SPC KAFOs use a combination of mechanical joints and spring mechanisms to provide the necessary support and stability for the patient. They are usually custom-made to ensure a proper fit and function for each patient's needs. SPC KAFOs are an effective orthotic solution for patients with gait abnormalities caused by quadriceps weakness or paralysis.
Here are s few advantages of SPC KAFOs:
Here are the main disadvantages of Stance Phase Control KAFOs:
Knee orthotics have the potential to greatly reduce pain and improve mobility, enabling individuals to maintain an active lifestyle. You can make wise decisions regarding treatment options with the information provided in this guide.
At Align Clinic, we strive to assist patients in selecting the most appropriate option for their needs. Contact us today and we’ll be happy to help you find an optimal solution for your knee pain.
A TLSO, or thoracolumbosacral orthosis, is a type of back brace used to limit motion and promote healing in the thoracic, lumbar, and sacral regions of the spine. It's typically prescribed after surgery or for stable middle and lower back fractures and can also be used to correct lateral scoliotic curves. Proper use of the TLSO can help the patient maintain proper alignment and mobility during recovery.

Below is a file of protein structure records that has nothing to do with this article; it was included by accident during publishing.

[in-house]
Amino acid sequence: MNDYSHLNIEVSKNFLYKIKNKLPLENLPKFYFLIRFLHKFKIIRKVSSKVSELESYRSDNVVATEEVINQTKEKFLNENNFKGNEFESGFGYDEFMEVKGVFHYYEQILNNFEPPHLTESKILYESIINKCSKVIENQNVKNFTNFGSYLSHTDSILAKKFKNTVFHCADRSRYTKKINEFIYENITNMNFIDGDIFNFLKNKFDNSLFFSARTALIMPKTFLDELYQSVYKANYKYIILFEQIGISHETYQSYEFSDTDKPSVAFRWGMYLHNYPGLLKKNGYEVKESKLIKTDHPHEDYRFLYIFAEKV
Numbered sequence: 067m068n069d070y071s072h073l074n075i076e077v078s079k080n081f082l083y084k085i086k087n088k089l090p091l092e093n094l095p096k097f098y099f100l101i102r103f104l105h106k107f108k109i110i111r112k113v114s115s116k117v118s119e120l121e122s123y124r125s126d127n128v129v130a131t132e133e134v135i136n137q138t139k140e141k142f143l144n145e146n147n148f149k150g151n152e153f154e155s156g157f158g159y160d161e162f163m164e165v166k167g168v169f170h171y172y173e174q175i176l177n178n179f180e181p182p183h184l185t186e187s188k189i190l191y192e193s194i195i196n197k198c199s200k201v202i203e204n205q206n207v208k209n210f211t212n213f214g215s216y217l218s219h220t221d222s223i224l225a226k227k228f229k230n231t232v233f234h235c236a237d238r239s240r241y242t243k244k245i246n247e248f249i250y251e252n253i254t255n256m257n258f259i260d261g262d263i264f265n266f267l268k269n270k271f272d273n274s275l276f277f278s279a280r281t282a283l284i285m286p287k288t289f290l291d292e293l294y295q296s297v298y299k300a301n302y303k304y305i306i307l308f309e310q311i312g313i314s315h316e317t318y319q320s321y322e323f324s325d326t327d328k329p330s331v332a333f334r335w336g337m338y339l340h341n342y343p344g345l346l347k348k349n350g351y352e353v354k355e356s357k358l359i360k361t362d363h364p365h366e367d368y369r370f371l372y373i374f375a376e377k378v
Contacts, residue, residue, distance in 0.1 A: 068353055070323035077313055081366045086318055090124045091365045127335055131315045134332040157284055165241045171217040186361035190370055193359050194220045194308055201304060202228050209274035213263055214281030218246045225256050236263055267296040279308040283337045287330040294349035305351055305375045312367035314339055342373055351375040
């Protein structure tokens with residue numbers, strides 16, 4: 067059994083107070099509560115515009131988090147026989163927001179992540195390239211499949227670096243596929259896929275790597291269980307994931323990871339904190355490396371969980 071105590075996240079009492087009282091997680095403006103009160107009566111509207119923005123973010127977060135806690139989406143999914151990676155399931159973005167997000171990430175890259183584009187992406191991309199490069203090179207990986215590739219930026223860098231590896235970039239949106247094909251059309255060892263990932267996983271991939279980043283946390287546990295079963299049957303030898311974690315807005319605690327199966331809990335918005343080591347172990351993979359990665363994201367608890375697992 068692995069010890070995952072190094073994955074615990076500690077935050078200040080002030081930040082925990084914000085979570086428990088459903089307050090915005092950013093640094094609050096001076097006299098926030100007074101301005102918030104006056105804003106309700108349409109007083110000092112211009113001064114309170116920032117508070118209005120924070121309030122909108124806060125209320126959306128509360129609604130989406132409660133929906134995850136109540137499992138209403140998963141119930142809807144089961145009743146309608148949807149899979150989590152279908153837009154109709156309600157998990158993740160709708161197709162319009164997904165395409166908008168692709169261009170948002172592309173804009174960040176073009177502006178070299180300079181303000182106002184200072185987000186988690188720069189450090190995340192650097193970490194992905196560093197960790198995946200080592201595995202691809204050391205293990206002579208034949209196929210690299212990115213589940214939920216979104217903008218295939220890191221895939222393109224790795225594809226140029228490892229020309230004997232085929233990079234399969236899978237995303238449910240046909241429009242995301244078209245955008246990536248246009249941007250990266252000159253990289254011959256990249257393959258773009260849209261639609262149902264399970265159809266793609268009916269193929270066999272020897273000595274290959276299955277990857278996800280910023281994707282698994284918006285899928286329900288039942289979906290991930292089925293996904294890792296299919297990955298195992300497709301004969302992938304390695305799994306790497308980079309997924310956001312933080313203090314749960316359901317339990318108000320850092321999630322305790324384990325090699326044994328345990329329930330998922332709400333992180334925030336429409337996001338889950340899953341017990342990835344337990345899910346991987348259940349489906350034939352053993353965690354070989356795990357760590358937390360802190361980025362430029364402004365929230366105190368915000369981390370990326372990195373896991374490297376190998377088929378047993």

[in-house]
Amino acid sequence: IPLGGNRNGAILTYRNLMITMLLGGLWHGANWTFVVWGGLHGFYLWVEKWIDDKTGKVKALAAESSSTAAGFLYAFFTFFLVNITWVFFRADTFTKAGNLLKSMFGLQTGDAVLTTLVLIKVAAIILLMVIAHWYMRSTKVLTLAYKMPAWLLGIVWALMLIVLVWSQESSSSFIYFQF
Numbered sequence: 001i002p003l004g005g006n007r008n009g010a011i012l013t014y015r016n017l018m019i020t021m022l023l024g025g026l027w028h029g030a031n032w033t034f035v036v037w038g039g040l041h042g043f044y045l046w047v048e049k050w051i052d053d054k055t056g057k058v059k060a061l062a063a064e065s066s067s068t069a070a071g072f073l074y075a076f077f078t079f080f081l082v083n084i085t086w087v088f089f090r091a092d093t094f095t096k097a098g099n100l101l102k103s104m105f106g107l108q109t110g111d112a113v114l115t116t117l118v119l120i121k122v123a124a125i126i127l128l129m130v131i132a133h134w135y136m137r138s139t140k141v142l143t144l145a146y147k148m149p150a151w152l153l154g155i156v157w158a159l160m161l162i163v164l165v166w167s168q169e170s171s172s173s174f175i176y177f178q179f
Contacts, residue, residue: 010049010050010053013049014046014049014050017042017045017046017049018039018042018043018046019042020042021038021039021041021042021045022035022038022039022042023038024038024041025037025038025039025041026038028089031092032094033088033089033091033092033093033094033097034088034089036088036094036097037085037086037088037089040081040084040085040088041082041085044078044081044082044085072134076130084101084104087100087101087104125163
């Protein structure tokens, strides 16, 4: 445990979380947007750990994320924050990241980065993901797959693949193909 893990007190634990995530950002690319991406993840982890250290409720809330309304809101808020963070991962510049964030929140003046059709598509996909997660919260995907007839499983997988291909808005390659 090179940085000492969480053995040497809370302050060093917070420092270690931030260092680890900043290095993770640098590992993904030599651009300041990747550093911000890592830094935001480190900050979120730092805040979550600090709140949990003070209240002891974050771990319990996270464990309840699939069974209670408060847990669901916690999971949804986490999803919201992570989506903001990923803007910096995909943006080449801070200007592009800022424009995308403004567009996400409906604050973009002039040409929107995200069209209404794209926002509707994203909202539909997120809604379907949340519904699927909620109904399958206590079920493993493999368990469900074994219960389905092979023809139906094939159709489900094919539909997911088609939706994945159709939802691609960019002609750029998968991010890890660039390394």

Using a TLSO Brace
Bracing is based on the idea that increased weight on a particular area of a growing spine can inhibit its growth. A TLSO brace utilizes specialized pads placed in certain areas to apply pressure on abnormal curves, which helps slow their growth.
By controlling the progression and keeping the Cobb angle below 40 degrees, a patient may be able to avoid surgical interventions such as spinal fusion.
Typically, bracing is limited to the pediatric population as it's most effective for growing spines. Children between the ages of 12 and 15 with Cobb angles ranging from 20 to 40 degrees are often prescribed TLSO braces, typically pre-fabricated in a corset style using rigid plastic and available in small, medium, or large sizes.
In the US, the Boston brace is the most commonly used design. For bracing to be effective, the child is required to wear the brace for a minimum of 18 to 23 hours per day. The recommended duration of bracing is three to five years.
While wearing a TLSO brace underneath loose clothing is feasible, many adolescents may hesitate to wear one that restricts their movements throughout the day. The effectiveness of the brace heavily relies on consistent and prolonged usage.
Unfortunately, many teenagers choose to remove their braces as soon as they arrive at school, resulting in a substantial decrease in the success rate of the treatment.